To say that the severe weather season for the contiguous USA got started with a “bang” is a vast understatement. Nature pulled a fast one on us. What appeared as a potentially big (literally) hail day with a Moderate and Enhanced Risk for parts of Arkansas, Missouri, and Oklahoma turned out to be an event with all modes of severe weather occurring. At the bottom of this post will be sites with up-to-date information relevant to the event. Is this an omen as to what the rest of the severe weather season will bring? Not likely, but then again, nature always has the better hand and the ace up the sleeve. We’ll have to wait and find out. As for preparedness, it’s best to be prepared for emergencies even if one doesn’t occur. There’s plenty of other interesting topics for this week, so let’s get started.

For your consideration, here are this week’s links…

GENERAL SCIENCE

A very telling read about scientists studying journalists that cover science.

SOCIAL MEDIA

Once again Twitter shows off its third-rate milquetoast attitude towards trolls and bullying.

ASTRONOMICAL SCIENCE

The scorch marks left by our rovers are Mars quickly fade as the red planet reclaims traces of our presence.

ENVIRONMENTAL SCIENCE

As a former HVAC technician, I can vouch for the validity of this infographic on the dangers of indoor air pollution.

A new study shows the extent that humankind has tailored the Earth’s landscapes to our own devices at the expense of the rest of the natural world.

The current California drought isn’t helping the already problematic air quality issues.

Did you take part in Earth Hour on 28 March 2015? I did…and didn’t miss anything I thought I might.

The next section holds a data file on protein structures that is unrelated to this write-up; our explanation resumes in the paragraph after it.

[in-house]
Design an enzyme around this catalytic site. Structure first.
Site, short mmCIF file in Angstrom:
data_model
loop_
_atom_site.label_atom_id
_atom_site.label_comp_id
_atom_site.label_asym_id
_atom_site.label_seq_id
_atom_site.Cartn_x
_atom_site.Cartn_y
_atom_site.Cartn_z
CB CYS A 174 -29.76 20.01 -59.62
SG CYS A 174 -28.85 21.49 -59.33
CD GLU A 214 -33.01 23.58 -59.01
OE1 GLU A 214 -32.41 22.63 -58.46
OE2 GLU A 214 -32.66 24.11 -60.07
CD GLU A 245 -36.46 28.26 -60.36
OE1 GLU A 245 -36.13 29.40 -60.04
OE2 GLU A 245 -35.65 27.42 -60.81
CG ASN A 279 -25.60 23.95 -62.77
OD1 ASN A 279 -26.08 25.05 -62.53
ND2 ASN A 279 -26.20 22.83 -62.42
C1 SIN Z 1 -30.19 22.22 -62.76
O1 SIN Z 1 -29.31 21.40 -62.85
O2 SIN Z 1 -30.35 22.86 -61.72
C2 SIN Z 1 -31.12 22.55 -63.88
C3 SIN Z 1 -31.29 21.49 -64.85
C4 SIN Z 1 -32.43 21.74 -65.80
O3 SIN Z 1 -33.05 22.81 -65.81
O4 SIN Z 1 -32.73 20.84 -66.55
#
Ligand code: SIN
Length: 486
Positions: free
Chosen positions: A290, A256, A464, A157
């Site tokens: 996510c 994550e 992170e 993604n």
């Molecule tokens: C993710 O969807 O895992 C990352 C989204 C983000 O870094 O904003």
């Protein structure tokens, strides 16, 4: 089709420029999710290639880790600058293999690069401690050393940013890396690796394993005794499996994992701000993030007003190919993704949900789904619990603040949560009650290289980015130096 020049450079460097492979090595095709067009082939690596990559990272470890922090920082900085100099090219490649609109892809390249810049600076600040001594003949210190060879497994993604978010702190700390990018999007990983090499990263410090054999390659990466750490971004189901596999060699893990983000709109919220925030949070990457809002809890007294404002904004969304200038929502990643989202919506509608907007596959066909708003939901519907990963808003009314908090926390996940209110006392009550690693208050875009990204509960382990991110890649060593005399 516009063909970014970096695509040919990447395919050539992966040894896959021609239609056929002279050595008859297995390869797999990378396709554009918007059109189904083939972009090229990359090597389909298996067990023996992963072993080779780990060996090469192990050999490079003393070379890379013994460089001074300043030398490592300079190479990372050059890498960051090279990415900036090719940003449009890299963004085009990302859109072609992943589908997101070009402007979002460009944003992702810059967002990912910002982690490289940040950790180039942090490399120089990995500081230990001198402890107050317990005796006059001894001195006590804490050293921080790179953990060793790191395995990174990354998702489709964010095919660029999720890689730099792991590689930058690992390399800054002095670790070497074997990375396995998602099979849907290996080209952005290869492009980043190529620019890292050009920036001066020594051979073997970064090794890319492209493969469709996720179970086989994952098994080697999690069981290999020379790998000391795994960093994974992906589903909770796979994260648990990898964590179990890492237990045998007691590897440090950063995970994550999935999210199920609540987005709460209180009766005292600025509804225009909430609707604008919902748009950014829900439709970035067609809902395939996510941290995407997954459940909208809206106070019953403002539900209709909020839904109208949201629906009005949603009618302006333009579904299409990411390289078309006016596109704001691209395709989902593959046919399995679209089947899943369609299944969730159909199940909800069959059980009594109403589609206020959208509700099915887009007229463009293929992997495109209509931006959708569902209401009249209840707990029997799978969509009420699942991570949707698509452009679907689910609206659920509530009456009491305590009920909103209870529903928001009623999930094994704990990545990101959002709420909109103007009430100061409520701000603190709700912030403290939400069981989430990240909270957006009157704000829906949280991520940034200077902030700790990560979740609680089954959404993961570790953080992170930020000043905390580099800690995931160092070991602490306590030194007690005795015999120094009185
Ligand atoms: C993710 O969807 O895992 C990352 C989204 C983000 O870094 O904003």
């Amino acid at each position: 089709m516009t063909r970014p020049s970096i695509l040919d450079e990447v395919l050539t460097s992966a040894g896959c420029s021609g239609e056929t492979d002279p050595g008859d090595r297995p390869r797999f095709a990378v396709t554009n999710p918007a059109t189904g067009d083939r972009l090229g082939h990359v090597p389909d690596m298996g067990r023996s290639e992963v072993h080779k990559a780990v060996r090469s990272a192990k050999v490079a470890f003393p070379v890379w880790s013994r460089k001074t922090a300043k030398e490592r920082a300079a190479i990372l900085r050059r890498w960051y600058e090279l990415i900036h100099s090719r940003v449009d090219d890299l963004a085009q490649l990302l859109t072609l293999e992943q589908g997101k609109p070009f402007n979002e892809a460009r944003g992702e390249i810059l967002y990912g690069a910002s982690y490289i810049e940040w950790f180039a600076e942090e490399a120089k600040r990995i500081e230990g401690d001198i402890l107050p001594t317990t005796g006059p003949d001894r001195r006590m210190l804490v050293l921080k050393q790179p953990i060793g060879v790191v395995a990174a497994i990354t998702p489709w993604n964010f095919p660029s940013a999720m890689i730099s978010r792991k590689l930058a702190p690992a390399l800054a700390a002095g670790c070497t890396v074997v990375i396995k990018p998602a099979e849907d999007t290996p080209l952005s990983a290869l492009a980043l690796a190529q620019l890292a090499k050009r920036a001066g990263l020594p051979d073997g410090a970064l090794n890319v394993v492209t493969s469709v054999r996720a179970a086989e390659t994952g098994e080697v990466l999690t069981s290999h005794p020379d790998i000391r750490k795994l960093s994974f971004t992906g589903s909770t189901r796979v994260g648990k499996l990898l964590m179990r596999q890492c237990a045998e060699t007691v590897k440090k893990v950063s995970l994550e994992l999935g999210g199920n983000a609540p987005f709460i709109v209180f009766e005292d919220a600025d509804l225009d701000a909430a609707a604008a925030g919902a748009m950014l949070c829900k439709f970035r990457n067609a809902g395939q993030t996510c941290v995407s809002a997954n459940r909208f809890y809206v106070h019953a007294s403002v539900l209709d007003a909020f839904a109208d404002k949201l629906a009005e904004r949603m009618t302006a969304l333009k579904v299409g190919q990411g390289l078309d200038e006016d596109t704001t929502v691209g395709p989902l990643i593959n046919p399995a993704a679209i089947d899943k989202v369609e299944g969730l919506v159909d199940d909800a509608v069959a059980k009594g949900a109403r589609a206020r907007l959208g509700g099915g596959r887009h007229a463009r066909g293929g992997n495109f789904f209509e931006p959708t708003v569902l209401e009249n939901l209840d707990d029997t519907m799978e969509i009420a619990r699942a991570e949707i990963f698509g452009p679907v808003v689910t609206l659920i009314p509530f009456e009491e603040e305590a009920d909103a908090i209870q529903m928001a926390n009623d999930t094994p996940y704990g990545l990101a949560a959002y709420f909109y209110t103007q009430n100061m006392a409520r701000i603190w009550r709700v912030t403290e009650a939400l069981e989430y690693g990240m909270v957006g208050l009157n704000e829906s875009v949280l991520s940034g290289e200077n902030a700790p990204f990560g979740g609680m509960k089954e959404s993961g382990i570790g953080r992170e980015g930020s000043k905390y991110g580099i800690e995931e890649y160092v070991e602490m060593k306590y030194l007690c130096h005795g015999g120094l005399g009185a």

Here’s some awesome renewables news from the Lone Star state! Georgetown, Texas will get all of its power from solar and wind. They should win an award. Now, who’s next?

ATMOSPHERIC SCIENCE

Here’s the latest US Drought Monitor. Unfortunately, little to no change from last week. This past week’s rainfall in the southern plains didn’t fall on the parts of Oklahoma and Texas that need it the most.

Interesting new study based in part on NASA satellite data has shows an increase in large, well-organized thunderstorms is behind increased rainfall in the wettest tropical regions.

A very thought-provoking read on the media’s response to the Intergovernmental Panel on Climate Change.

It’s our responsibility to leave a health planet for our children, grandchildren, and the many generations to follow. “Tackling Climate Change ~ For Our Kids.”

Antarctica may have seen a recent high temperature record. 63.5F may not be blistering hot, but it’s toasty for that continent.

Speaking of Antarctica, it’s ice shelves are not in the best of shape.

THE 25 MARCH 2015 OKLAHOMA AND ARKANSAS SEVERE WEATHER EVENT

First, some handy safety tips from AAA on what to do if you’re driving and find yourself caught in a storm. Ideally, the best thing to do is not wind up in that kind of bind in the first place!

Summary pages of the 25 March 2015 severe weather events from the Tulsa, Norman, Springfield, and Little Rock National Weather Service offices. Much of this information is preliminary and updates will be added often.

Here’s an excellent video by broadcast meteorologist George Flickinger of Tulsa’s KJRH discussing the Sand Springs, OK tornado and how the silly myths (rivers and/or hills protecting a town or city) were blown away by this storm.

Nice radar images from the Tulsa NWS of the Sand Springs, OK tornado.

An impressive gallery of images from the Tulsa World of the Sand Springs, OK tornado damage.

An excellent must-read for anyone who really wants to understand the dynamics of severe weather: “The Science Behind The Oklahoma And Arkansas Tornadoes Of March 25, 2015.”

As time allows, I may add a few more links with further information regarding this event.